Ke$ha’s second full-length album, “Warrior,” hasn’t come near the success of first album “Animal,” and maybe the series was seen as a way to goose sales, but all this will do is get people to change the channel.  I’ve dropped in on “Ke$ha” and I won’t be back. If you decide to watch the rest of the series, you’re on your own.

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<p>Steven Soderbergh.</p>

Steven Soderbergh.

Credit: AP Photo/Steffi Loos

Soderbergh on the state of the industry, and why 'cinema is shrinking'

Oscar-winning director gave a keynote address at the San Francisco Film Fest

I'm hardly alone in this, but I continue to resist the notion that Steven Soderbergh's professed retirement from feature filmmaking is permanent -- not least because he's been on such vigorous creative form lately. "Magic Mike," of course, cracked my Top 10 of 2012 list, while his lithely nasty Hitchcockian thriller "Side Effects" is on course to be one of my favorite mainstream genre entertainments of this year -- it would be an enormous pity for him to bow out just as he seems to have perfected the rarely performed trick of the counter-intuitive audience movie.

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<p>Adelaide Clemens and Aden Young in &quot;Rectify.&quot;</p>

Adelaide Clemens and Aden Young in "Rectify."

Credit: Sundance

Sundance renews 'Rectify' for season 2

Slow-burning drama about former Death Row inmate has been one of 2013's best new series

Sundance Channel has renewed "Rectify," its great new drama about a Death Row inmate (Aden Young) unexpectedly released into a world he never expected to see again, for a second season, with 10 new episodes set to debut sometime in 2014.

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<p>Sharlto Copley gets to play a bad guy in 'Elysium,' and he's already onboard to make 'Chappie' with director Neill Blomkamp this fall.</p>

Sharlto Copley gets to play a bad guy in 'Elysium,' and he's already onboard to make 'Chappie' with director Neill Blomkamp this fall.

Credit: Sony Pictures

Sharlto Copley and Die Antwoord sign up to star in Neill Blomkamp's 'Chappie'

The story of a 'ridiculous robot' starts shooting in the fall

I love watching a long-term artistic collaboration come into focus. When Neill Blomkamp released "District 9," one thing that was obvious was that Blomkamp and his star Sharlto Copley had a great chemistry, and that they were both equally important to the way that film worked.

A few weeks ago, when I went to the special event for "Elysium," both Copley and Blomkamp were present and they were talking about how they adjusted their method of collaboration for this new film. What was evident was the kinship they feel and the connection they have. They have that thing you need in a constant collaborator, that ability to not only know what the other guy is thinking but to throw things at him that he might not expect. There is a trust that is inherent to the way they communicate, and as a result, I hope they continue making films together for as long as they're both interested.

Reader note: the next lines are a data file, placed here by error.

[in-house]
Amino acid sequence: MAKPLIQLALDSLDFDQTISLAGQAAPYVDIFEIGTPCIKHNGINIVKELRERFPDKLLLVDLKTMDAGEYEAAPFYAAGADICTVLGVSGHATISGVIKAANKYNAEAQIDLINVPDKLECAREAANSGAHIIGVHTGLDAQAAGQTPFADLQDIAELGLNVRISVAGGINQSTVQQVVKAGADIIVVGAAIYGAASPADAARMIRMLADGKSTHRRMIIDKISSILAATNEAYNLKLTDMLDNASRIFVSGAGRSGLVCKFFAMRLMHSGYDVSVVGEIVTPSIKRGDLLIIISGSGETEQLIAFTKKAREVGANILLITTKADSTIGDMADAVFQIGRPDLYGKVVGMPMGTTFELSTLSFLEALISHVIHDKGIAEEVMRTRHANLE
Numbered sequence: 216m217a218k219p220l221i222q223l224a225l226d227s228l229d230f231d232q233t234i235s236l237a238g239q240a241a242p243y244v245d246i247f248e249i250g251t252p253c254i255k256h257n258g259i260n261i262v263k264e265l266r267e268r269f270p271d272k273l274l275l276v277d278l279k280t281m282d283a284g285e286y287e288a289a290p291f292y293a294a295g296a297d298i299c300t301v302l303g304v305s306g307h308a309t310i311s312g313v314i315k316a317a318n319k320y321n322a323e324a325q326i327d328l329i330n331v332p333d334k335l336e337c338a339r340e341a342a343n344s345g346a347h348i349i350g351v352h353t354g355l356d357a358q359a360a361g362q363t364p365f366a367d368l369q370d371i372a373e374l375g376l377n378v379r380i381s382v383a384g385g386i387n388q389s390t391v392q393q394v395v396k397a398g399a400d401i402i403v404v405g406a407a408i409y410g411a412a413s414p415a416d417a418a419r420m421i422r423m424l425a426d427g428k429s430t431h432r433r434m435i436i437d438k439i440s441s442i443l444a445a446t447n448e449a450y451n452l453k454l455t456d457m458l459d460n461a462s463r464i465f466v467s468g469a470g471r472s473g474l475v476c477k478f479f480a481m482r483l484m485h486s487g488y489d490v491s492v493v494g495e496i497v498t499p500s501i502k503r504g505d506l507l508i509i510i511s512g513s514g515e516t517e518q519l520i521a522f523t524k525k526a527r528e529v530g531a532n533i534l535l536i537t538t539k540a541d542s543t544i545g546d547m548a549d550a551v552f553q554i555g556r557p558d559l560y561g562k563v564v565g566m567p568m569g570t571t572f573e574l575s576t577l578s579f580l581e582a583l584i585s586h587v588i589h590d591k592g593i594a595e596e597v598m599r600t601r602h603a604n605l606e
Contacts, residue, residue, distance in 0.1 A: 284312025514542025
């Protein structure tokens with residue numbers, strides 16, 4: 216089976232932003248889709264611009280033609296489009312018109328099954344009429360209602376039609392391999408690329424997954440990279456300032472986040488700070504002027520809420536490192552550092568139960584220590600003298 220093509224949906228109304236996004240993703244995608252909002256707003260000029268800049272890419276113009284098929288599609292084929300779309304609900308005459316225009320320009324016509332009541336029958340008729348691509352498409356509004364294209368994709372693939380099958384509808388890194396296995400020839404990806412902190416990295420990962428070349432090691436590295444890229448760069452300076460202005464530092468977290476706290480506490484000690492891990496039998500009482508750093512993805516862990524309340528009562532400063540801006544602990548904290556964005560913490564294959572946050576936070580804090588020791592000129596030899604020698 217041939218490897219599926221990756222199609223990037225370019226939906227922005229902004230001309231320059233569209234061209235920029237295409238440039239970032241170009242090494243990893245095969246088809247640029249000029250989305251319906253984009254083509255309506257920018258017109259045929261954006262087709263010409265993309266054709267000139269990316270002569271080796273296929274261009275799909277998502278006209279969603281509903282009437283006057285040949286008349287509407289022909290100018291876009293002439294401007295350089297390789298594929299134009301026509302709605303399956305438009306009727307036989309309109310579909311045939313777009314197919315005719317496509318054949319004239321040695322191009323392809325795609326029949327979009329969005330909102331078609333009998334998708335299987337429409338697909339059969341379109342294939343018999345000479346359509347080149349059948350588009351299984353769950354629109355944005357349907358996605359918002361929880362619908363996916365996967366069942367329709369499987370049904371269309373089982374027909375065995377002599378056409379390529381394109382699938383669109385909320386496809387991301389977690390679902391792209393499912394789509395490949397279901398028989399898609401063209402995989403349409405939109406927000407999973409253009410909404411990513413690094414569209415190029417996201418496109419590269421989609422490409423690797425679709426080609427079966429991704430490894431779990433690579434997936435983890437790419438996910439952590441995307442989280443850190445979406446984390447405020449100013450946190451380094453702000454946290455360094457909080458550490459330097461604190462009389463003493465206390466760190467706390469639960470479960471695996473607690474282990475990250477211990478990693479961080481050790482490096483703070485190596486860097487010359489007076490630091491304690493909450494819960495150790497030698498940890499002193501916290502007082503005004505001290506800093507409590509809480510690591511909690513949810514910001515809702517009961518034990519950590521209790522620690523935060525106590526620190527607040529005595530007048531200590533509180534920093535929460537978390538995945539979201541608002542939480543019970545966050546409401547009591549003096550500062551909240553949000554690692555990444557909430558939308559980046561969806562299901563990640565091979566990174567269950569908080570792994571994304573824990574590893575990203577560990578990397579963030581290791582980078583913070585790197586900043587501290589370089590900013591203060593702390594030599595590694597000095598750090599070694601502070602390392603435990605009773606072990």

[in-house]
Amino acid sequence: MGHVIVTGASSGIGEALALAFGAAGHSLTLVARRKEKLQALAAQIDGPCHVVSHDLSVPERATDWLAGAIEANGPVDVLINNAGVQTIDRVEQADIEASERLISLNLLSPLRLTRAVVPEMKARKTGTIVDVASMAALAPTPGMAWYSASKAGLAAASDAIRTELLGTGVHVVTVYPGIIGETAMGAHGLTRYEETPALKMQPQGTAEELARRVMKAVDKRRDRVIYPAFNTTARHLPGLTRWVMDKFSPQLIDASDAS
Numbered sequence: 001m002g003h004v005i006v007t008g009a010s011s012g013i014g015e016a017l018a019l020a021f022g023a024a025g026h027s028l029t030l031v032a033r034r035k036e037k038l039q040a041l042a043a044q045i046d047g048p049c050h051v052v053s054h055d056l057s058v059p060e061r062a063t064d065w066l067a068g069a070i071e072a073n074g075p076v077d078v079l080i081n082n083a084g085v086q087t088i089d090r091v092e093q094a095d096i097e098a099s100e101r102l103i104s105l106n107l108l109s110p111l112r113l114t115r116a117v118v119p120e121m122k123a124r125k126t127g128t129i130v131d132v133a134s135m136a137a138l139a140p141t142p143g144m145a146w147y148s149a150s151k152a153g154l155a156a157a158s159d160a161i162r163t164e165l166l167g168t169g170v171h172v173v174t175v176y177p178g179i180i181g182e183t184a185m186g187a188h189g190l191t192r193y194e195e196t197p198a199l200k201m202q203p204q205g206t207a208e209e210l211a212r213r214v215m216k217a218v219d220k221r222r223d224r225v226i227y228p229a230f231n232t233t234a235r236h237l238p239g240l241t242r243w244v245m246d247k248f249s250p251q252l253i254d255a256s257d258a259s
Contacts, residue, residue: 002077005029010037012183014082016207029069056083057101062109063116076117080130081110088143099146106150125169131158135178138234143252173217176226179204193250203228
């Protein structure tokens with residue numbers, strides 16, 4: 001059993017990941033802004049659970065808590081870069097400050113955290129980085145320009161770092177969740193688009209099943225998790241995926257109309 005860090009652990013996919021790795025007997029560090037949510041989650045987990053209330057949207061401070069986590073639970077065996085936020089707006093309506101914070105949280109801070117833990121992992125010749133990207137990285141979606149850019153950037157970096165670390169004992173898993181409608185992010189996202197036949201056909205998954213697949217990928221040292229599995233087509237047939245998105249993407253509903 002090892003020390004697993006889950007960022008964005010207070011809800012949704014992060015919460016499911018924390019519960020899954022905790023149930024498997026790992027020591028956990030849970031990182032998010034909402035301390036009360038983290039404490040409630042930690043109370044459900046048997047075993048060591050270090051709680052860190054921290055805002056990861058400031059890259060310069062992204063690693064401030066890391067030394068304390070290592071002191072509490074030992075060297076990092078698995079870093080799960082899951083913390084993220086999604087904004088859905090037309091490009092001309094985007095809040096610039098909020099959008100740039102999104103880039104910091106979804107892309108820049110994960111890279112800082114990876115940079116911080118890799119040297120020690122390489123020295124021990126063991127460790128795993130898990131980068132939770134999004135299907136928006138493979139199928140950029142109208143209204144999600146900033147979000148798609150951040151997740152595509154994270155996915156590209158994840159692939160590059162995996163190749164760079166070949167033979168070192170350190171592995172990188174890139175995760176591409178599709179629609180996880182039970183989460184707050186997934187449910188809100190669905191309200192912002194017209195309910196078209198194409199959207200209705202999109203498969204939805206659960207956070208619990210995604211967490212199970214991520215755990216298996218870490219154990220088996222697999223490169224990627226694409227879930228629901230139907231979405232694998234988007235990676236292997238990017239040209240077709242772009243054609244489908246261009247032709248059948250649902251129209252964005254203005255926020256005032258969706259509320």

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<p>Joey &amp; Meghan of &quot;The Amazing Race&quot;</p>

Joey & Meghan of "The Amazing Race"

Credit: CBS

Interview: Joey & Meghan talk 'The Amazing Race'

Team YouTube discusses being disliked by the competition
YouTube stars Joey Graceffa and Meghan Camarena seemed to be having a lot of fun on "The Amazing Race," so it's a little bit sad to hear the newly eliminated duo discussing their disappointment that the other teams seemed to dislike them on the Race.
It wasn't all of the other teams, of course. Joey & Meghan made an early alliance with John & Jessica and Roller Derby Moms Mona & Beth, targeting Hockey Brothers Bates & Anthony, the team they felt [correctly, so far] was the biggest threat. That, of course, left them feeling targeted by Bates & Anthony, but also by the other teams aligned with the friendly pro athletes.
"[I]t really just seemed like people on the Race didn't like us, genuinely, just really didn't want us there and it made us kinda feel a little crappy," Meghan says now. 'It kinda reminded me of high school when I used to get picked on, so I was just like, "What is this feeling? I am grown up. This shouldn't be happening.'"
Team YouTube discusses that Race dynamic, as well as their other highlights and lowlights in this week's "Amazing Race" exit interview.
Click through...
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<p>Gwyneth Paltrow seemed energized by what they had her do in Shane Black's 'Iron Man 3'</p>

Gwyneth Paltrow seemed energized by what they had her do in Shane Black's 'Iron Man 3'

Credit: HitFix